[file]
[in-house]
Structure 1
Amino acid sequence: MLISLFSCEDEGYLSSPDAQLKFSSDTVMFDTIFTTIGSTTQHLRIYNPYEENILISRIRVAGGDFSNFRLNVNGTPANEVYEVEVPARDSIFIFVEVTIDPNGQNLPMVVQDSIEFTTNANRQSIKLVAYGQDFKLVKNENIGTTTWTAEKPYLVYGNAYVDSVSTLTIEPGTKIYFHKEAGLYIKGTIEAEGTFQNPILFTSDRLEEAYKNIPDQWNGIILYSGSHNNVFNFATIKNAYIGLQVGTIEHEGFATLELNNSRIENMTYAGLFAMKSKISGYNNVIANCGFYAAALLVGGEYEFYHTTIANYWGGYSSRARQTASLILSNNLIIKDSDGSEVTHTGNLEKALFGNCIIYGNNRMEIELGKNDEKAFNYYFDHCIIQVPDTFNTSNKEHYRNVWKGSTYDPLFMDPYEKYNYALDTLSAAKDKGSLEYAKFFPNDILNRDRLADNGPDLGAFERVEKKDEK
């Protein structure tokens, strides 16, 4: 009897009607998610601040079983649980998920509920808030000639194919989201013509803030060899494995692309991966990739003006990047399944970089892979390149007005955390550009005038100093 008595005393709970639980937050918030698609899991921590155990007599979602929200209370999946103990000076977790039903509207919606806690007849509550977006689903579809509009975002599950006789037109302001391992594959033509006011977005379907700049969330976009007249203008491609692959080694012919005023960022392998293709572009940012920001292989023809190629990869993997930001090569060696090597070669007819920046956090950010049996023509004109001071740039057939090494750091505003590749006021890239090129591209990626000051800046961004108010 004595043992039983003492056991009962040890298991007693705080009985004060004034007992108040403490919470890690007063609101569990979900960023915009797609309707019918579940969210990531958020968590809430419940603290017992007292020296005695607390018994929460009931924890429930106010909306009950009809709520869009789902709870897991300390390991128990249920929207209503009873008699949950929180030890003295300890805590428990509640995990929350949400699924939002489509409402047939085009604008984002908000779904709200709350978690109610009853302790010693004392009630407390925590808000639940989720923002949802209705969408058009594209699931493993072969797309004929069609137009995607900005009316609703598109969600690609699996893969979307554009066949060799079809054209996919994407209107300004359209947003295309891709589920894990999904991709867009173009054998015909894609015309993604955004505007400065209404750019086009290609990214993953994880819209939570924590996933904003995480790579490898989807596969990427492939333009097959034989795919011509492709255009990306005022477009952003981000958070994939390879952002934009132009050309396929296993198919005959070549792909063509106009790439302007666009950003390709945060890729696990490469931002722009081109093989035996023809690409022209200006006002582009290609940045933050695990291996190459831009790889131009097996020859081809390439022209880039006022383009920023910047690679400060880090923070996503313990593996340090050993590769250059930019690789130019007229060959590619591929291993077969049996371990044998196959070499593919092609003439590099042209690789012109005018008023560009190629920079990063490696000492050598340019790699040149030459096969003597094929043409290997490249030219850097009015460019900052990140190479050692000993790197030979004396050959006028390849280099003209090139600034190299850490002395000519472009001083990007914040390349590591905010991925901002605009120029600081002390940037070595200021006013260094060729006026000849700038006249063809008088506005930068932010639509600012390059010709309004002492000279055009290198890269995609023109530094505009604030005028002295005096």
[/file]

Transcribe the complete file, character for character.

[in-house]
Structure 1
Amino acid sequence: MLISLFSCEDEGYLSSPDAQLKFSSDTVMFDTIFTTIGSTTQHLRIYNPYEENILISRIRVAGGDFSNFRLNVNGTPANEVYEVEVPARDSIFIFVEVTIDPNGQNLPMVVQDSIEFTTNANRQSIKLVAYGQDFKLVKNENIGTTTWTAEKPYLVYGNAYVDSVSTLTIEPGTKIYFHKEAGLYIKGTIEAEGTFQNPILFTSDRLEEAYKNIPDQWNGIILYSGSHNNVFNFATIKNAYIGLQVGTIEHEGFATLELNNSRIENMTYAGLFAMKSKISGYNNVIANCGFYAAALLVGGEYEFYHTTIANYWGGYSSRARQTASLILSNNLIIKDSDGSEVTHTGNLEKALFGNCIIYGNNRMEIELGKNDEKAFNYYFDHCIIQVPDTFNTSNKEHYRNVWKGSTYDPLFMDPYEKYNYALDTLSAAKDKGSLEYAKFFPNDILNRDRLADNGPDLGAFERVEKKDEK
């Protein structure tokens, strides 16, 4: 009897009607998610601040079983649980998920509920808030000639194919989201013509803030060899494995692309991966990739003006990047399944970089892979390149007005955390550009005038100093 008595005393709970639980937050918030698609899991921590155990007599979602929200209370999946103990000076977790039903509207919606806690007849509550977006689903579809509009975002599950006789037109302001391992594959033509006011977005379907700049969330976009007249203008491609692959080694012919005023960022392998293709572009940012920001292989023809190629990869993997930001090569060696090597070669007819920046956090950010049996023509004109001071740039057939090494750091505003590749006021890239090129591209990626000051800046961004108010 004595043992039983003492056991009962040890298991007693705080009985004060004034007992108040403490919470890690007063609101569990979900960023915009797609309707019918579940969210990531958020968590809430419940603290017992007292020296005695607390018994929460009931924890429930106010909306009950009809709520869009789902709870897991300390390991128990249920929207209503009873008699949950929180030890003295300890805590428990509640995990929350949400699924939002489509409402047939085009604008984002908000779904709200709350978690109610009853302790010693004392009630407390925590808000639940989720923002949802209705969408058009594209699931493993072969797309004929069609137009995607900005009316609703598109969600690609699996893969979307554009066949060799079809054209996919994407209107300004359209947003295309891709589920894990999904991709867009173009054998015909894609015309993604955004505007400065209404750019086009290609990214993953994880819209939570924590996933904003995480790579490898989807596969990427492939333009097959034989795919011509492709255009990306005022477009952003981000958070994939390879952002934009132009050309396929296993198919005959070549792909063509106009790439302007666009950003390709945060890729696990490469931002722009081109093989035996023809690409022209200006006002582009290609940045933050695990291996190459831009790889131009097996020859081809390439022209880039006022383009920023910047690679400060880090923070996503313990593996340090050993590769250059930019690789130019007229060959590619591929291993077969049996371990044998196959070499593919092609003439590099042209690789012109005018008023560009190629920079990063490696000492050598340019790699040149030459096969003597094929043409290997490249030219850097009015460019900052990140190479050692000993790197030979004396050959006028390849280099003209090139600034190299850490002395000519472009001083990007914040390349590591905010991925901002605009120029600081002390940037070595200021006013260094060729006026000849700038006249063809008088506005930068932010639509600012390059010709309004002492000279055009290198890269995609023109530094505009604030005028002295005096």